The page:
On May 30, 2022, as the United States of America celebrated “Memorial Day”, the faithful gathered at the St. Andrew Memorial Church located in South Bound Brook, New Jersey to honor the fallen heroes who sacrificed their all to ensure the rest of us could live in freedom. Standing in the shade of the trees, wrapped in flags of the United States and Ukraine, the faithful watched as the Ukrainian American Veterans formed a line and stood at attention near the Veteran’s Memorial on the grounds of the church.
As a brisk breeze blew, causing the flags of the United States and Ukraine to snap sharply, the bells began to toll as the church doors opened and dozens of local clergy descended down the steps, followed by the hierarchs of the Church, His Eminence Metropolitan Antony, Prime Hierarch of the Ukrainian Orthodox Church of the USA and Diaspora, and Archbishop Daniel, Ruling Hierarch of the Western Eparchy. The hierarchs were followed by the seminarians of the St. Sophia Ukrainian Orthodox Theological Seminary.
As the clergy approached the monument, the veterans paraded in, holding the flags of the United States, Ukraine, as well as those of all the various Military Branches. As they took up their positions, the clergy created two columns flanking the hierarchs who approached the podium. As the faithful drew near, Metropolitan Antony loudly proclaimed, “Blessed is our God, always, now and ever, and unto the ages of ages!” which was followed by “Christ is Risen!” sung thrice in both Ukrainian and English.
“O God of spirits, and of all flesh, who has trampled down death and overthrown the Devil and given life to Your world: Do You, the same Lord, give rest to the souls of Your departed servants in a place of brightness, a place of refreshment, a place of repose, where all sickness, sighing, and sorrow have fled away. Pardon every transgression which they have committed, whether by word or deed or thought. For You are a good God and lovest mankind; because there is no man who lives and yet does not sin; for You only are without sin; Your righteousness is to all eternity; and Your word is truth. For You are the resurrection, the life, and the repose of Your servants, who have fallen asleep, O Christ our God, and unto You we ascribe glory, together with Your Father, Who is from everlasting, and Thine all-holy, good, and life-creating Spirit, now and ever, and unto ages of ages.”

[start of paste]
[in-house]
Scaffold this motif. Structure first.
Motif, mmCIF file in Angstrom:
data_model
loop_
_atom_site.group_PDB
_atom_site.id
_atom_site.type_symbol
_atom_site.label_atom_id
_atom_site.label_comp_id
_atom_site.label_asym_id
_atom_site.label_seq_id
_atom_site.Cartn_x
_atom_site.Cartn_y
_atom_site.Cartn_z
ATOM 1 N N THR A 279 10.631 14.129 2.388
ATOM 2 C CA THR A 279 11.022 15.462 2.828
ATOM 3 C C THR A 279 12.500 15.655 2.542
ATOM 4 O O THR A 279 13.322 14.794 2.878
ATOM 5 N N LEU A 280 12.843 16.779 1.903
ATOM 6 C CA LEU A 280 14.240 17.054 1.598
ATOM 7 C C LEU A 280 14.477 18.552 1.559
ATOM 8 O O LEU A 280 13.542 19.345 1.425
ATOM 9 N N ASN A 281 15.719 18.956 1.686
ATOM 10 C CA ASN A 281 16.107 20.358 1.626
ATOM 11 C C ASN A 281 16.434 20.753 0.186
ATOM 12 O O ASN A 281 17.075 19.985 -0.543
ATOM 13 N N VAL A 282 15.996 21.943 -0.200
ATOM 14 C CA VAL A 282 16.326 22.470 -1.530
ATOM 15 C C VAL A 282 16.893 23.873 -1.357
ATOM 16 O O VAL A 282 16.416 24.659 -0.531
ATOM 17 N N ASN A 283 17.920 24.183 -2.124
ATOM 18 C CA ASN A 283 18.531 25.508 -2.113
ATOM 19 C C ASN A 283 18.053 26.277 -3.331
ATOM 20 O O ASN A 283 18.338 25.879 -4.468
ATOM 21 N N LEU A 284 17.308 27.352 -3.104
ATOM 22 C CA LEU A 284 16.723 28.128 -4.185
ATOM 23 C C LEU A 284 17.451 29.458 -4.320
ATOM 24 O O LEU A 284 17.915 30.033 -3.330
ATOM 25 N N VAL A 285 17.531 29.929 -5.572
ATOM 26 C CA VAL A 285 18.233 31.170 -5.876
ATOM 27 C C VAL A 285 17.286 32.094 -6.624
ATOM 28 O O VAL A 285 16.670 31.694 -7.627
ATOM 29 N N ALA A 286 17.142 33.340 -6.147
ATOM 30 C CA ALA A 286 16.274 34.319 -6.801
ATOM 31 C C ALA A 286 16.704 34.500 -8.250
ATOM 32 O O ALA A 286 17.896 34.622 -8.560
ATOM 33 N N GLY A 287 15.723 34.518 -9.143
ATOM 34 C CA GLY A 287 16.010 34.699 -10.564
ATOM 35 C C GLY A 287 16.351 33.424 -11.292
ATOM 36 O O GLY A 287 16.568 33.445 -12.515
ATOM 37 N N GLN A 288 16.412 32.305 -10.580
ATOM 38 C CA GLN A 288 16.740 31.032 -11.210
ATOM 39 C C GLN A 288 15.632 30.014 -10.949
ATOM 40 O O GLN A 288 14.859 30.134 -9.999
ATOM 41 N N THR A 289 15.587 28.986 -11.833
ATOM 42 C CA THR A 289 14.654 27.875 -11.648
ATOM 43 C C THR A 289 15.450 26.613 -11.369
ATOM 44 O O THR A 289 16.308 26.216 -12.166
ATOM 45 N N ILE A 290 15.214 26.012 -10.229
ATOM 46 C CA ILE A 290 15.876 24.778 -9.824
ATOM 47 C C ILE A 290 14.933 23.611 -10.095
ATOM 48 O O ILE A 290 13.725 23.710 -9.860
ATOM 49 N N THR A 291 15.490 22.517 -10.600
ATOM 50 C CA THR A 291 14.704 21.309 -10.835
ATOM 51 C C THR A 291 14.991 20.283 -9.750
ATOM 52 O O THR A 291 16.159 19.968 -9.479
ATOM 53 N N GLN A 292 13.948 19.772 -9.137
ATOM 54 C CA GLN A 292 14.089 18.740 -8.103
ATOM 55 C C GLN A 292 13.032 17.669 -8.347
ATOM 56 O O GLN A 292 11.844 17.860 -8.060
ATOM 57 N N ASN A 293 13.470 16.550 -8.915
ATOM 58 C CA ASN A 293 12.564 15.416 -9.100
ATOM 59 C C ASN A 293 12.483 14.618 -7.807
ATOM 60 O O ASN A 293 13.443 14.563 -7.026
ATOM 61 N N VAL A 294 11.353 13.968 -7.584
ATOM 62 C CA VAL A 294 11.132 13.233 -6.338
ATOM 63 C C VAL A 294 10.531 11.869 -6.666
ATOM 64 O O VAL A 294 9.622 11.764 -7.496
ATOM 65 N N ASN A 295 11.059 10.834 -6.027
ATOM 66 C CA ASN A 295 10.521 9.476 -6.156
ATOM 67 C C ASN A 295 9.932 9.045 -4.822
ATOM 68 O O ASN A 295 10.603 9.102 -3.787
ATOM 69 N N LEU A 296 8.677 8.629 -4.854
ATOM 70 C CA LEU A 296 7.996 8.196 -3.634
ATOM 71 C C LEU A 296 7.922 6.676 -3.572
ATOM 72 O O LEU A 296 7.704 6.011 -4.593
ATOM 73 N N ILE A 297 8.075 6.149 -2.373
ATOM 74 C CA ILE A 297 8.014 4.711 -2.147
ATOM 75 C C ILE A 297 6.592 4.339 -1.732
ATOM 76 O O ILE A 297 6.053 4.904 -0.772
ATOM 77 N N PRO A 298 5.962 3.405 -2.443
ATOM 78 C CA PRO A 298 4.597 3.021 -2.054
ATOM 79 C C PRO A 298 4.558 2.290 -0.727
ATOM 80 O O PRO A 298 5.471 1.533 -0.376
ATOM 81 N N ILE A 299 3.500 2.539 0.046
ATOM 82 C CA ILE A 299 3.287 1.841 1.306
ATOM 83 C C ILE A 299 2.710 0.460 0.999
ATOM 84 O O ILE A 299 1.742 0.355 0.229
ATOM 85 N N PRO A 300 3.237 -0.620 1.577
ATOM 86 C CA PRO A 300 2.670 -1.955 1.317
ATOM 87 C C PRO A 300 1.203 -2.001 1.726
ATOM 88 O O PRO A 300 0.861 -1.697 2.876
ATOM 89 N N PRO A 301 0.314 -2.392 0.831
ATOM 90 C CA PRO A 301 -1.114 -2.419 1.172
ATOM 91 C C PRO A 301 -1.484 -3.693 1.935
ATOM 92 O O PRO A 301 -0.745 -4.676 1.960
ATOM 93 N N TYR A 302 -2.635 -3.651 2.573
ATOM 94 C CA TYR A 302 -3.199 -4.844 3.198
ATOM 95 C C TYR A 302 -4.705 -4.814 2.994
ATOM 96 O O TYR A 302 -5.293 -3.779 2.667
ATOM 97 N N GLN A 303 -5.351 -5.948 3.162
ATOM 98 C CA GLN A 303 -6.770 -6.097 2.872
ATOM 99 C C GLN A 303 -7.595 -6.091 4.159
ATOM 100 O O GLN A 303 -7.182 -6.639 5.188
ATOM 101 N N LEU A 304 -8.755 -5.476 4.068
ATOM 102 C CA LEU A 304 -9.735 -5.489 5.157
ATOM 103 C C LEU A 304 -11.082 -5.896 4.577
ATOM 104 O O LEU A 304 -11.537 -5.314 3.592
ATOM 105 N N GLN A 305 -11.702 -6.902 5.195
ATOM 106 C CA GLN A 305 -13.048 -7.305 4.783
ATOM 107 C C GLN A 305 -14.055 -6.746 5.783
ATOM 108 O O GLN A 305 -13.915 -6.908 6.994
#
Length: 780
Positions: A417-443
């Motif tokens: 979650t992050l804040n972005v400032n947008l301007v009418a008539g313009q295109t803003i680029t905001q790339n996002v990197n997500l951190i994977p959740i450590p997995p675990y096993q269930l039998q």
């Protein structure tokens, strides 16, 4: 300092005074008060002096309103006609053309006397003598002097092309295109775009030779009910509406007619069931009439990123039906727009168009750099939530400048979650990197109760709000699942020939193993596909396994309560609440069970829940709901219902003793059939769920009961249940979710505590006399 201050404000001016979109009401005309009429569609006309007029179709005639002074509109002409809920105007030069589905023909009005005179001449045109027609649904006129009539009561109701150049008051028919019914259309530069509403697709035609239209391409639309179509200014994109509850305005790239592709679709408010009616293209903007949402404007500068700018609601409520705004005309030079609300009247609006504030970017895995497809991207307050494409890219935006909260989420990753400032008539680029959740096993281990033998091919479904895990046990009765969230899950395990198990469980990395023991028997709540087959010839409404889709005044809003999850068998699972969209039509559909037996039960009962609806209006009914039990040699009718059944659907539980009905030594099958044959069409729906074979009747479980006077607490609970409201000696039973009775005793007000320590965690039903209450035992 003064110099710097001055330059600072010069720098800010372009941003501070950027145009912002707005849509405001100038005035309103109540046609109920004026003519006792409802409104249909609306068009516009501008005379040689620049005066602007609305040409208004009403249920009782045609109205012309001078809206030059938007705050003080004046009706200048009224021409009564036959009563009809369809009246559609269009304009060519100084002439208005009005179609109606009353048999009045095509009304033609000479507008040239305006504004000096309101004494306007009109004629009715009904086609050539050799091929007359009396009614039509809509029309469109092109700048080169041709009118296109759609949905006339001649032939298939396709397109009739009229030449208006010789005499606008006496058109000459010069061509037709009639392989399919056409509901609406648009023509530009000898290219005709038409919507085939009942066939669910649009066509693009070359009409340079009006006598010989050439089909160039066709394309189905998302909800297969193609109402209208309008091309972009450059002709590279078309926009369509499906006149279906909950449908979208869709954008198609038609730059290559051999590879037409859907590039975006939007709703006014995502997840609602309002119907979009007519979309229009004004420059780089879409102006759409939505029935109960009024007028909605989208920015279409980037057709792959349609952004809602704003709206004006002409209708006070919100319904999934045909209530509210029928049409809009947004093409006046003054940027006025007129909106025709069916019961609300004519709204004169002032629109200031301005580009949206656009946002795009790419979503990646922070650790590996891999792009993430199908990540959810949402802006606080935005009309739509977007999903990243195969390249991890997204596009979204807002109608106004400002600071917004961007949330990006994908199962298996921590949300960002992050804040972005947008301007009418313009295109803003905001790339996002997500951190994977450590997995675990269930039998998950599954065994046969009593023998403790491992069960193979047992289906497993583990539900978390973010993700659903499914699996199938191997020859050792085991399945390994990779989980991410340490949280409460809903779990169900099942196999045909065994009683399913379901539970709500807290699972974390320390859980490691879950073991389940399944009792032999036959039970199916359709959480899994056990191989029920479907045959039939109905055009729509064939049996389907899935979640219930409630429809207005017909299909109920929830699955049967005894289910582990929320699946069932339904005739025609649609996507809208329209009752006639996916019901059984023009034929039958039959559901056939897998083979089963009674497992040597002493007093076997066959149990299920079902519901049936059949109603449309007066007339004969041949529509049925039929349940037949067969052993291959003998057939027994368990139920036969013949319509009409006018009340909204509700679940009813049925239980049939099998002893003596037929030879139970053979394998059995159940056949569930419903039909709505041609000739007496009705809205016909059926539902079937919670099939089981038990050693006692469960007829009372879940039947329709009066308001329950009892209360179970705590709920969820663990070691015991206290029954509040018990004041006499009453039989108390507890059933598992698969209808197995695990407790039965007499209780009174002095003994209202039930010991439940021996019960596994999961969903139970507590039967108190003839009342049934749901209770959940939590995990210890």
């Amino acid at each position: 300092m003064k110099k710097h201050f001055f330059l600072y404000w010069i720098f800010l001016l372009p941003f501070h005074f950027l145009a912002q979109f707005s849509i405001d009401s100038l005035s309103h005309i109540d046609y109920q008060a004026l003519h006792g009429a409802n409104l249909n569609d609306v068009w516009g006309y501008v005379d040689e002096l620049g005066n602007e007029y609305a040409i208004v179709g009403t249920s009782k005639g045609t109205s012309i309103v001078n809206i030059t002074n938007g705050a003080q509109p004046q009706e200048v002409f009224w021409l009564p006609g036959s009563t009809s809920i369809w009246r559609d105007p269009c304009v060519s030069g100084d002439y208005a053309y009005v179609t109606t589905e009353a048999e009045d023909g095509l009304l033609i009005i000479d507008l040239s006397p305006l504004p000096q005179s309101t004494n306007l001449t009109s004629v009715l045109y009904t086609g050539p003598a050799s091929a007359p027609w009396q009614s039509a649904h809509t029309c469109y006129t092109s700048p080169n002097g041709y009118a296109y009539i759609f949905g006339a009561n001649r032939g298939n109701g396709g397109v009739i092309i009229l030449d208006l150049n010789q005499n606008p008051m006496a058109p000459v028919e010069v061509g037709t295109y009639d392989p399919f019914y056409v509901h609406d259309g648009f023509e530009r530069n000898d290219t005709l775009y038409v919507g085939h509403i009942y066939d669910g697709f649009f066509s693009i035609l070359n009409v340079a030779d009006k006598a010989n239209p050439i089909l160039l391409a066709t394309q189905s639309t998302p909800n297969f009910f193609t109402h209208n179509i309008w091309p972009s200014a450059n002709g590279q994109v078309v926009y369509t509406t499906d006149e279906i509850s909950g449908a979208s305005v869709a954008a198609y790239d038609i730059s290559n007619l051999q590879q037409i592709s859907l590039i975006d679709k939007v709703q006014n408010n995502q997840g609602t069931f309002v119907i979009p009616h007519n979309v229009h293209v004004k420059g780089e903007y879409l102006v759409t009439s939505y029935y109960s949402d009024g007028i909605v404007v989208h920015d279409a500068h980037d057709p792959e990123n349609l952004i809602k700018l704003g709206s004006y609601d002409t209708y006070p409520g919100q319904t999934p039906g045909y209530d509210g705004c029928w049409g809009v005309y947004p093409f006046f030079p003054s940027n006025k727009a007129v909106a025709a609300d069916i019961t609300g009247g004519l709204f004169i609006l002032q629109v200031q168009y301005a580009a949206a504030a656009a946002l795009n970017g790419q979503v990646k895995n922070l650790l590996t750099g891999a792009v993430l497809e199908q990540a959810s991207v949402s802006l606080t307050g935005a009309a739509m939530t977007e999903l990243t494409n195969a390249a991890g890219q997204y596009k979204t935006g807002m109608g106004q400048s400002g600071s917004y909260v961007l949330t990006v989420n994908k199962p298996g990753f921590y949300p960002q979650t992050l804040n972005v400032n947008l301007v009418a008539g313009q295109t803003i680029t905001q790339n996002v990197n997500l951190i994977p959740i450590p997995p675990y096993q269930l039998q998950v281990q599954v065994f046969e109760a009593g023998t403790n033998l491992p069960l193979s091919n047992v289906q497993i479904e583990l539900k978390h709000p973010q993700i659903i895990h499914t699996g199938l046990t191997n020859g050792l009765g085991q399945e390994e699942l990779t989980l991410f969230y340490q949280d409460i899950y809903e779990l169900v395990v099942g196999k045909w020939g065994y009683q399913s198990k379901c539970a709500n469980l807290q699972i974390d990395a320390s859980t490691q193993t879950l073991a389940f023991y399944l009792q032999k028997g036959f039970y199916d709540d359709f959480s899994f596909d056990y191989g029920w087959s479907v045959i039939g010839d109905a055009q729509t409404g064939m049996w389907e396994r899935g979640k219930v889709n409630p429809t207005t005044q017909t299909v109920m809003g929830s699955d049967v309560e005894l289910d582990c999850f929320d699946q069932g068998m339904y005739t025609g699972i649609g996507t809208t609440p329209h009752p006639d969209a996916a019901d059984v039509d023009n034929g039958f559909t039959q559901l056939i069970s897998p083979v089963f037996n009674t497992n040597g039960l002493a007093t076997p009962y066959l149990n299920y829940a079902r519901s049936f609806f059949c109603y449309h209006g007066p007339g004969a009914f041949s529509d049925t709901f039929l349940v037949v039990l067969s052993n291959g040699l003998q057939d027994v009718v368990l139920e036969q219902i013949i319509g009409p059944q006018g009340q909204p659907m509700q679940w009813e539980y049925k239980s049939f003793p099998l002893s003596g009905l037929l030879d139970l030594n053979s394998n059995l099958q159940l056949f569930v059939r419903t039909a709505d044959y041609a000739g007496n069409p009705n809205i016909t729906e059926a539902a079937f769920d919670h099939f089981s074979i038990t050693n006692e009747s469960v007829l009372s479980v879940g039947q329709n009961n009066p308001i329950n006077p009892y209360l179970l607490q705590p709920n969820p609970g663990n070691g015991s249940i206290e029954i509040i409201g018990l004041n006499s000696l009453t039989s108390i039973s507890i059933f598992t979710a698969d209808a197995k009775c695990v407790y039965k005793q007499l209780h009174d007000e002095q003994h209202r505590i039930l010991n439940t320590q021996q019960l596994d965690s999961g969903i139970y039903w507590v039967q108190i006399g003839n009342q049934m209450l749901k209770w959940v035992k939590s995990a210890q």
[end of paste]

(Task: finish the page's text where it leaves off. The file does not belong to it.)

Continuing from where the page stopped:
As the service concluded, His Eminence Metropolitan Antony turned to those gathered and spoke a few words. He stated that we have come here as we have for many years, gathering at this monument, and he is pleased to see so many people here this day for this Memorial Service. He continued by expressing that we commemorate all those who died in service in defense of our nation, throughout the many wars which our nation has been involved in various wars and conflicts – WWI, WWII, the Revolutionary War, the Civil War and so many others which we participated in and were forced to fight in, to the existence and freedom of these United States. These people stepped forth and offered their very lives. We live in a nation where we can think and act and pray anytime we want and anywhere we want, and this privilege has been passed down from generation to generation to generations throughout all the centuries of existence of our nation thanks to those who fought and died for our freedom.
Metropolitan Antony continued by stating some inconceivable facts. His Eminence had done some research and the numbers of men and women who had laid down their lives to ensure our freedom are staggering.
Revolutionary War - 4,435
War of 1812 - 2,260
Indian wars – 1,000
Mexican war – 13,283
Civil war – 625,000
Spanish American War – 2,446
World War I - 116,516
World War II – 405.399
Korean War – 36, 516
Vietman War - 90,220
Persian Gulf War – 1,565
Afghanistan War – 4,550
These are not small numbers. These are the people who have created the conditions for us to live the lives which we live today. We express our love and our gratitude to them this day, and each year for their willingness to serve their nation, to defend our freedom, and to lay down their lives for independence. Some of these individuals were so young that they could not have contemplated what they would face; some as young as 14 years of age, willingly signed up to defend their nation.
People stopped their lives to fill the need to go abroad to serve for the welfare of the rest of the citizens of this great nation.